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I have created a data group:

data Cars = vw | audi | ford
data Engine = TDI | TSI 

I want to use these in a function/list comprehension. To show combinations I have this:

[(x,y) | x <- Cars , y <- Engine]

But I'mm a little bit lost on how to use the data within a function.

I get this error:

Not in scope: data constructor `Cars'
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Please also note, that names for type constructors and type names them selves both have to start with a capital letter. –  FUZxxl Mar 22 '11 at 18:47

3 Answers 3

up vote 3 down vote accepted

Is that what you want?

$cat t.hs
data Cars = Vw | Audi | Ford 
        deriving (Enum, Show)
data Engine = TDI | TSI  
        deriving (Enum, Show)


main = print [(x,y) | x <- [Vw .. Ford] , y <- [TDI .. TSI]]


$ghc t.hs

$./a.out 
[(Vw,TDI),(Vw,TSI),(Audi,TDI),(Audi,TSI),(Ford,TDI),(Ford,TSI)]
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1  
You gonna splain what's going on here? –  luqui Mar 22 '11 at 22:08

Cars and Engine are types, nothing more, especially not lists of constructors. To get a collection of all constructors of a type, make it an instance of Enum and perhaps Bounded (you can derive both, Bounded is not necessary but nice as it allows not hardcoding the start value). See e.g. this question (in particular, this answer). Copying and adjusting that code (also, I fixed the casing of the ctors and renamed Cars as it was plural and not very specific):

data CarManufacturer = VW | Audi | Ford deriving (Bounded, Enum)
data Engine = TDI | TSI deriving (Bounded, Enum)

allValues :: (Bounded a, Enum a) => [a]
allValues = [minBound..]

allEngines = allValues :: [Engine]
allCars = allValues :: [CarManufacturer]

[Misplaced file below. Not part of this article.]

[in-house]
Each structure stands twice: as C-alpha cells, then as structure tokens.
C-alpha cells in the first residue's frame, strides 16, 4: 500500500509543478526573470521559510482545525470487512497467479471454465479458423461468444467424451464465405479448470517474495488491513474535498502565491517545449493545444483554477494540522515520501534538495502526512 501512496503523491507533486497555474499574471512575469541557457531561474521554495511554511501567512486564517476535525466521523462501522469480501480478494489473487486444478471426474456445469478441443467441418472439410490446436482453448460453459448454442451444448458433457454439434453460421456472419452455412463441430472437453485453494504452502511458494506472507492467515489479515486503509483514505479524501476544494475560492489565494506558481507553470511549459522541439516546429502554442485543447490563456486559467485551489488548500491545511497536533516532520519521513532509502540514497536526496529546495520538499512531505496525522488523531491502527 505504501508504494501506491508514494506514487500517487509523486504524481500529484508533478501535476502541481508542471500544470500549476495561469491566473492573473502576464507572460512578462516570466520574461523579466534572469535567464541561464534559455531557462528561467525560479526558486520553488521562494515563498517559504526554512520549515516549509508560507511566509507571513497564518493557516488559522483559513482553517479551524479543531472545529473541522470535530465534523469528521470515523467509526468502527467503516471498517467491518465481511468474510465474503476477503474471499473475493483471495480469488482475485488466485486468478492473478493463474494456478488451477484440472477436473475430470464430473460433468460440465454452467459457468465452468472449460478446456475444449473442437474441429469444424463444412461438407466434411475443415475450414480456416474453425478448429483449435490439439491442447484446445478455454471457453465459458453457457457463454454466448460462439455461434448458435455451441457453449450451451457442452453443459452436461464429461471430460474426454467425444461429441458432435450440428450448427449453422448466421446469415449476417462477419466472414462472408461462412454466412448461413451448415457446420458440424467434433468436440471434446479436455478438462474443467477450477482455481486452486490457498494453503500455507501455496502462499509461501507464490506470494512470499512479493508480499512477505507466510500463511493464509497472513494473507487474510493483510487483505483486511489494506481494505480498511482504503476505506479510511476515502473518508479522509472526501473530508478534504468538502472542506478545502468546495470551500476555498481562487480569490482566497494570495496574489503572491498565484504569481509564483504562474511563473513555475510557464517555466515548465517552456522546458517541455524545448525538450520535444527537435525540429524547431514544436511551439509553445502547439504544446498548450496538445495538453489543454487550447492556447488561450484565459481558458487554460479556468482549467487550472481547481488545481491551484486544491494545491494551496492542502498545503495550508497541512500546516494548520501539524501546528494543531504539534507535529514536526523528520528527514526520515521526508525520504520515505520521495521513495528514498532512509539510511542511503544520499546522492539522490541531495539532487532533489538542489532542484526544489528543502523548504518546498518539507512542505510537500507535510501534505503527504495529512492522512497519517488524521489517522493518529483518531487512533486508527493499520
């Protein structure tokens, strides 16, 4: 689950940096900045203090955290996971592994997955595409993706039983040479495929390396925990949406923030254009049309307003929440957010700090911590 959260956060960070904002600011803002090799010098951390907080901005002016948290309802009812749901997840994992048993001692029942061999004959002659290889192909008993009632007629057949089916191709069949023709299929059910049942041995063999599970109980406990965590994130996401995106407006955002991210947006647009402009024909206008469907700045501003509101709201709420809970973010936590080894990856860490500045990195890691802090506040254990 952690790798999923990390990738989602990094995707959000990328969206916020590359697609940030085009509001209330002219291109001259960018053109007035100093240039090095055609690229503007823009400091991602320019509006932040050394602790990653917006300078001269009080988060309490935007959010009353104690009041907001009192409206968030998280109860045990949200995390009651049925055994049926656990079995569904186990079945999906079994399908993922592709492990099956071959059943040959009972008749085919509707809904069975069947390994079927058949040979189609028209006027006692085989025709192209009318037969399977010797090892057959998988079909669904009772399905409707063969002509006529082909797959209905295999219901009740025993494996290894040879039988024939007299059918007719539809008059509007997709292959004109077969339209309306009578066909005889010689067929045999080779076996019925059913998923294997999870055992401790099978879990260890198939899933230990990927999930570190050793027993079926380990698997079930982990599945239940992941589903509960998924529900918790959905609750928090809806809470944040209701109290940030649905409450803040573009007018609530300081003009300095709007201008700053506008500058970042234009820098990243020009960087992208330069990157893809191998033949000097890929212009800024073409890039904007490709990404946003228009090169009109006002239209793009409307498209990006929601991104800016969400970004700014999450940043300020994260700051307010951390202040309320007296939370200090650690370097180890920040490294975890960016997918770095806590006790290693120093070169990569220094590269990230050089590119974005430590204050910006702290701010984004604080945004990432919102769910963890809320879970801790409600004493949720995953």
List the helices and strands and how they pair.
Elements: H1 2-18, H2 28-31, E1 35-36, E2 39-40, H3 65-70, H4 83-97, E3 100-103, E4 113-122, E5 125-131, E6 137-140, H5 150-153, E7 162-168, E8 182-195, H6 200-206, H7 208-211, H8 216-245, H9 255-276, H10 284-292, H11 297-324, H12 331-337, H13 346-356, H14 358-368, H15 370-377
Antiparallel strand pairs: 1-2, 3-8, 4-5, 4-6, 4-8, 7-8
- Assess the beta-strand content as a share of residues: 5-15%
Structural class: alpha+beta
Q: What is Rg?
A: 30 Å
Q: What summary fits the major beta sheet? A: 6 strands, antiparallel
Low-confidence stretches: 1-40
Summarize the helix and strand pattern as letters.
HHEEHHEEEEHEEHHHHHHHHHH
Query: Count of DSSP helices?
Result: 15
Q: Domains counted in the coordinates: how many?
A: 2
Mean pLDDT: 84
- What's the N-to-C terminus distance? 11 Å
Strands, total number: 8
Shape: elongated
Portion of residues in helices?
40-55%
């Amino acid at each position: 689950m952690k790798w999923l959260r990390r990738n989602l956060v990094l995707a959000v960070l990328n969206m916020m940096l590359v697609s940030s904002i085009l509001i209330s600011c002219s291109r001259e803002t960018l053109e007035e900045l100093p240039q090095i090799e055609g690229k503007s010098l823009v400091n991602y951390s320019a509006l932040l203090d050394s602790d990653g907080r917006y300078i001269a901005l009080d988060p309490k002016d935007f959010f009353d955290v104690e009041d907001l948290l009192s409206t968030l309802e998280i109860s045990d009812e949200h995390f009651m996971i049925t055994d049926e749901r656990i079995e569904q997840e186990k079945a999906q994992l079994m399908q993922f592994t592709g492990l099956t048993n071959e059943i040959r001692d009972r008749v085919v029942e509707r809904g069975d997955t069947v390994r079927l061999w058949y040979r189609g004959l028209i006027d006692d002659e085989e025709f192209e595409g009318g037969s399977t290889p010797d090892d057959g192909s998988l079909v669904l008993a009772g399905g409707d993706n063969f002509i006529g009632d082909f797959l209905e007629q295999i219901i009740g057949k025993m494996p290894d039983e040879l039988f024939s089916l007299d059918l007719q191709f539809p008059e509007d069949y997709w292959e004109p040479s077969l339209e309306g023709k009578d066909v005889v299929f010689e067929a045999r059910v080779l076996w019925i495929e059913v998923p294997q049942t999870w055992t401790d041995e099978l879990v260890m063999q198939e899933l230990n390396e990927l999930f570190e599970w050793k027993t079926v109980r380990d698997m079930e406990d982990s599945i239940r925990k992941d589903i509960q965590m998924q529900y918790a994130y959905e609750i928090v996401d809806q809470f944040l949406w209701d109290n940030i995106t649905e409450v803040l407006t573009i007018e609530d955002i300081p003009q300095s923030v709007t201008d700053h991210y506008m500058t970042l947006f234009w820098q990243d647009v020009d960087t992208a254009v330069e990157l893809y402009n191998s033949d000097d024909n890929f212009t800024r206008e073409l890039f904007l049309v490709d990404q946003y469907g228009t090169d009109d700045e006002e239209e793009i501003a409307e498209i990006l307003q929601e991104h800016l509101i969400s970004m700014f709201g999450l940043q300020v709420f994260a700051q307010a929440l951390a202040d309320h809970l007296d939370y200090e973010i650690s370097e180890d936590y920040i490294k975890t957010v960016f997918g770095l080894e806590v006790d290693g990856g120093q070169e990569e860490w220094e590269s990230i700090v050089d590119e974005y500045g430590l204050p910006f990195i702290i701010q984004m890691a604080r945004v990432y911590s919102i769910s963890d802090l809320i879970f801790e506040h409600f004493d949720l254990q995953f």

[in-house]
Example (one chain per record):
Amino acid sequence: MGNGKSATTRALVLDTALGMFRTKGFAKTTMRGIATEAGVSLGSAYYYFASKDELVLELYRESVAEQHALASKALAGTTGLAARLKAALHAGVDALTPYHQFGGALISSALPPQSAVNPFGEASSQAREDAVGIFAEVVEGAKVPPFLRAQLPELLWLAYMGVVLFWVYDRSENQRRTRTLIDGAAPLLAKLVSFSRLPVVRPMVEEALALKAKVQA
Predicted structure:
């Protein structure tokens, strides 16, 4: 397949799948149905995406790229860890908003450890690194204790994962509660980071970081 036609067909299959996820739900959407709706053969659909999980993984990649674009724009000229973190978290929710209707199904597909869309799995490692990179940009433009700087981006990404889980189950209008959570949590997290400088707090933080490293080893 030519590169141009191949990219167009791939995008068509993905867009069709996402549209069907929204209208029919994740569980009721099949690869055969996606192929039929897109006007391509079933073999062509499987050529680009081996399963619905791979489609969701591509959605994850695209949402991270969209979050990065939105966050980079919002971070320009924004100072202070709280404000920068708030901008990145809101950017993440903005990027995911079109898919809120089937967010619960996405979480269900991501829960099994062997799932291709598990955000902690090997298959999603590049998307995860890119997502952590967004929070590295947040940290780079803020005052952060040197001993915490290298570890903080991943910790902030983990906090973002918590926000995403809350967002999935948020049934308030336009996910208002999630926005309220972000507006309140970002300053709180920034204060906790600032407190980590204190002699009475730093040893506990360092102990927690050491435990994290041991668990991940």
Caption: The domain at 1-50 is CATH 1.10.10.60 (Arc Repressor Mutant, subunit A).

carsWithEngines = [(car, engine) | car <- allCars, engine <- allEngines]
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1  
I like this better than my approach; but it would be nice if you added the deriving clauses to your code. –  John L Mar 22 '11 at 16:24
    
@John: Fixed, thanks. –  delnan Mar 22 '11 at 16:25
    
+1 I like the idea of a generic allValues function, that never occurred to me. I know plenty of cases where this could save some code in my programs. –  Frerich Raabe Mar 23 '11 at 10:07
    
@Ferich: Even better, it's not a function but a friggin' polymorphic constant. Try beating that, average type system. –  delnan Mar 23 '11 at 13:17

Unfortunately you can't access the constructors of a datatype this way. First, all data constructors need to be capitalized, so change to this:

data Cars = VW | Audi | Ford deriving Show
data Engine = TDI | TSI      deriving Show

-- create explicit lists of the constructors
carTypes :: [Cars]
carTypes = [VW, Audi, Ford]

engineTypes :: [Engine]
engineTypes = [TDI, TSI]

now you can use these lists in a list comprehension

> let ll = [(x,y) | x <- carTypes, y <- engineTypes]
> show ll
> [(VW,TDI),(VW,TSI), (Audi,TDI),(Audi,TSI),(Ford,TDI),(Ford,TSI)]
> :type ll
> ll :: [(Cars,Engine)]
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